Yet it is worth noting that there are some specific conditions that could end up restricting the amount of coverage your insurer is required to pay. These conditions in which your authorised insurer may choose not to pay compensation may include:
- If your company has not provided reasonable protection for your employees against injury or disease
- If your business does not keep specific records or fails to provide your insurer with information about such records
- You or your business has done something your insurer told you not to do
- You or your business has not done something they told you to do
- You haven’t met any legal requirement connected with the protection of your employees
This list is by no means exhaustive. Many insurers could also refuse cover if you have failed to carry out a risk assessment or fulfilled other statutory health and safety requirements.
If you are covered, your insurer is required to pay the full amount of any compensation package that is agreed with your employees, former employees, or any compensation amount that is awarded to them by a court.
Your insurer will not be allowed to impose conditions that make you, your workers or former employees pay part of that claim. Although your company is allowed to agree to repay part of any compensation paid to employees or former employees.
How much insurance cover will my company need?
Under UK law, if you are required to take out employers’ liability insurance, you must be insured for a minimum of £5 million. Depending upon the type of work your business carries out, you may want to consider taking out a higher policy, and most UK insurers will offer affordable coverage extending to more than £10 million worth of insurance.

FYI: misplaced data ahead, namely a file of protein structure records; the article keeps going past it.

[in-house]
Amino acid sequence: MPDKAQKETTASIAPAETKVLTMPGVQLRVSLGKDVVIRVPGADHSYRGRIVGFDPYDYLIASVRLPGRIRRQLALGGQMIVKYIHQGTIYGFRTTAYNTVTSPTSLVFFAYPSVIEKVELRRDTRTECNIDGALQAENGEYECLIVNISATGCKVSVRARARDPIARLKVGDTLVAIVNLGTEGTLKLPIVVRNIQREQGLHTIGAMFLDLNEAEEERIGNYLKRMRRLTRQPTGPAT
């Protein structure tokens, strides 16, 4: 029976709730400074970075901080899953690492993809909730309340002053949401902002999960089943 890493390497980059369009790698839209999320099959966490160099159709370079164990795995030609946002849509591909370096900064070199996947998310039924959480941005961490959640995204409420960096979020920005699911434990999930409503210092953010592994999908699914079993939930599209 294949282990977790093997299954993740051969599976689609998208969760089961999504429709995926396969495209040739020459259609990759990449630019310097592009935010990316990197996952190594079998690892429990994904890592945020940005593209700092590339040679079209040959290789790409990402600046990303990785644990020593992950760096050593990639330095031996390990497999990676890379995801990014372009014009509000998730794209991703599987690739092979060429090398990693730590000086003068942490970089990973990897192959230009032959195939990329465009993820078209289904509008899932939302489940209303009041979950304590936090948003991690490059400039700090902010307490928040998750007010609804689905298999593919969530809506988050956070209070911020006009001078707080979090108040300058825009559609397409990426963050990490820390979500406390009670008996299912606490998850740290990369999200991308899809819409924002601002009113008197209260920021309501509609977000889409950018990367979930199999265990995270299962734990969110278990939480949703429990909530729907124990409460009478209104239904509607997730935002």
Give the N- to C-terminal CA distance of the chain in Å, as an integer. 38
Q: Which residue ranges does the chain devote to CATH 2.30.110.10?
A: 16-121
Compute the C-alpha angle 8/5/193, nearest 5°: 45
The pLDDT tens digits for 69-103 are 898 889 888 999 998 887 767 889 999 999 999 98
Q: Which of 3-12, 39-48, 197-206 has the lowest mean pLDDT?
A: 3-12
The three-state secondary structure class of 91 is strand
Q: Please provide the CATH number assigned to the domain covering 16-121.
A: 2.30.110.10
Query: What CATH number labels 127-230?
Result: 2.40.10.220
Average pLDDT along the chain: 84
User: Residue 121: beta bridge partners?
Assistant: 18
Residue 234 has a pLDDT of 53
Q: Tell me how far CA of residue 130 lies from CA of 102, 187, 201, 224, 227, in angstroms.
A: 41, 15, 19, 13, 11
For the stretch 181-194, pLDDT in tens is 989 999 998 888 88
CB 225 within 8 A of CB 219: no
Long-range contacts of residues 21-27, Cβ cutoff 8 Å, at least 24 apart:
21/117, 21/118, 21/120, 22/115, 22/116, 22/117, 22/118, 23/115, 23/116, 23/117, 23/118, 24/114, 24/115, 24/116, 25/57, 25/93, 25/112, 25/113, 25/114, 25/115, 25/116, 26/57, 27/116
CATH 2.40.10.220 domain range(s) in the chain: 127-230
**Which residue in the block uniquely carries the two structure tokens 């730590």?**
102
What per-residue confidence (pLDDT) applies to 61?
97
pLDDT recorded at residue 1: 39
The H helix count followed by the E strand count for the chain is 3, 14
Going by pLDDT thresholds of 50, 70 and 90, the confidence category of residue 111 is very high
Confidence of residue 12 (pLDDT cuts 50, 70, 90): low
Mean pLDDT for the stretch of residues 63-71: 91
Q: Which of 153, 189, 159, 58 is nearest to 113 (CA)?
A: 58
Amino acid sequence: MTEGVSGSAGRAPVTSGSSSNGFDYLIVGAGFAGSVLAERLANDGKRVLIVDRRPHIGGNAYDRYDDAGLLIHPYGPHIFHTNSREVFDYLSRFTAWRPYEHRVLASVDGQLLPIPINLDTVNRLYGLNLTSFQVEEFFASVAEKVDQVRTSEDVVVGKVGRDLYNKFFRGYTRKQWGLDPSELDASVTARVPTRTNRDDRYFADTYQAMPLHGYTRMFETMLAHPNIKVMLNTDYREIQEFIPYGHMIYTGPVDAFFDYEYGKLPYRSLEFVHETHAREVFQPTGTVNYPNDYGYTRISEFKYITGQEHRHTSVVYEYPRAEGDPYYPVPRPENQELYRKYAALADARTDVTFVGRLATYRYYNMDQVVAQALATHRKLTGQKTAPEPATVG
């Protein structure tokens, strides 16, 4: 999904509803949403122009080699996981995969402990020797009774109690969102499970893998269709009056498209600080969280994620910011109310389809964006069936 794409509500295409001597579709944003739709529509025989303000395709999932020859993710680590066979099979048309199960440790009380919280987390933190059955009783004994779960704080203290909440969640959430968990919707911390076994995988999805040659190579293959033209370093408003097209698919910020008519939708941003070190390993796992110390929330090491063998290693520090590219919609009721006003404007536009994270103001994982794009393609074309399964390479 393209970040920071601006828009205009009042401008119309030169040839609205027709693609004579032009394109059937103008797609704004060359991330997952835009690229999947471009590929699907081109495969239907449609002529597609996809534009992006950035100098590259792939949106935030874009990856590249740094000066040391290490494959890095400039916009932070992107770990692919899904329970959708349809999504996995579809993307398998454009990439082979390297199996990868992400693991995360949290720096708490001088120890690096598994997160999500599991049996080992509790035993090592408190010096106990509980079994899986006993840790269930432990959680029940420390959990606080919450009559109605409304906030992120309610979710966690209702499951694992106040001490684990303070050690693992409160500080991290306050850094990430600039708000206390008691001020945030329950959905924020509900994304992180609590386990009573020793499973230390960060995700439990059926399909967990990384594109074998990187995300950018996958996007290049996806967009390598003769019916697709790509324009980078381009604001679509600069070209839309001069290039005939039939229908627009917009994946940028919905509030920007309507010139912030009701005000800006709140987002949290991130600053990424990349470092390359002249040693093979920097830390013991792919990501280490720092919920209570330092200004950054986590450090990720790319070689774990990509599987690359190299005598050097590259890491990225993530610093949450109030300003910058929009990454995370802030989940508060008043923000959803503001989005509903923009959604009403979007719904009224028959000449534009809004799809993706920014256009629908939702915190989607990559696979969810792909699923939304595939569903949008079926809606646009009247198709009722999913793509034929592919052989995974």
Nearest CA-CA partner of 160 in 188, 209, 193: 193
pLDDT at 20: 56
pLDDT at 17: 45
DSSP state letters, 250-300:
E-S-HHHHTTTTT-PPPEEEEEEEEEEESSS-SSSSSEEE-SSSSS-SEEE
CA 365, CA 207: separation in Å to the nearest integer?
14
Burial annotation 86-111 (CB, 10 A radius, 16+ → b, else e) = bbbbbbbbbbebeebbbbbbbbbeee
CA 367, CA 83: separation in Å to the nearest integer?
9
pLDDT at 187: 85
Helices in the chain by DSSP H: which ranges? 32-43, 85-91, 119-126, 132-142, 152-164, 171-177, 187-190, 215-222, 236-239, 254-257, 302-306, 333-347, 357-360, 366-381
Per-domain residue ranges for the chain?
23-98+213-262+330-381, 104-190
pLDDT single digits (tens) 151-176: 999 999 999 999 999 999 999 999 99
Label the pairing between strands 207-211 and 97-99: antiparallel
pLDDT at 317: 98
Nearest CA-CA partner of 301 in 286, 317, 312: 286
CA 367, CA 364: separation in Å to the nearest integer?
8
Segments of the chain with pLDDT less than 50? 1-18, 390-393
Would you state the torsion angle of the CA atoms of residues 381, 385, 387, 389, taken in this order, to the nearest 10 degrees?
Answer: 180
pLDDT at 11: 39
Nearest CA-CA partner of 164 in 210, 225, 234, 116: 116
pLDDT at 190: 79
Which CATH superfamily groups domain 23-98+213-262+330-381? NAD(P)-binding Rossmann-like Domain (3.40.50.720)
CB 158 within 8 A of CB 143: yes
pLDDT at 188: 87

It’s crucial to note that if your company or business is part of a group, a single employers’ liability insurance product can be taken out to cover the entire group of companies or businesses. In such a scenario, the entire group will need at least £5 million worth of insurance coverage.
Your company or business can have more than one employers’ liability insurance product if you wish. All that matters is the total value covered is £5 million.
Am I required to tell employees that I have employers’ liability insurance?
You need to make your employees aware that your business is covered by employers’ liability insurance.
Whenever you take out an insurance policy or renew an existing policy, your authorised insurer will provide your business with a certificate of employers’ liability insurance. That certificate will indicate the minimum level of coverage provided by the policy and the name of the company or companies covered.
You are subsequently required by law to display a copy of that certificate in a place that employees can easily access it and read it.
That being said, you don’t have to worry about displaying it in your staff break room. Since 2008, companies have been allowed to display their insurance certificate electronically. If you choose to go down this route, you’ll need to make sure your employees know how to find it, where to find it and have reasonable access to it. Sharing the link as part of a digital staff handbook or on a staff intranet system that all employees have access to, are commonly used electronic display methods.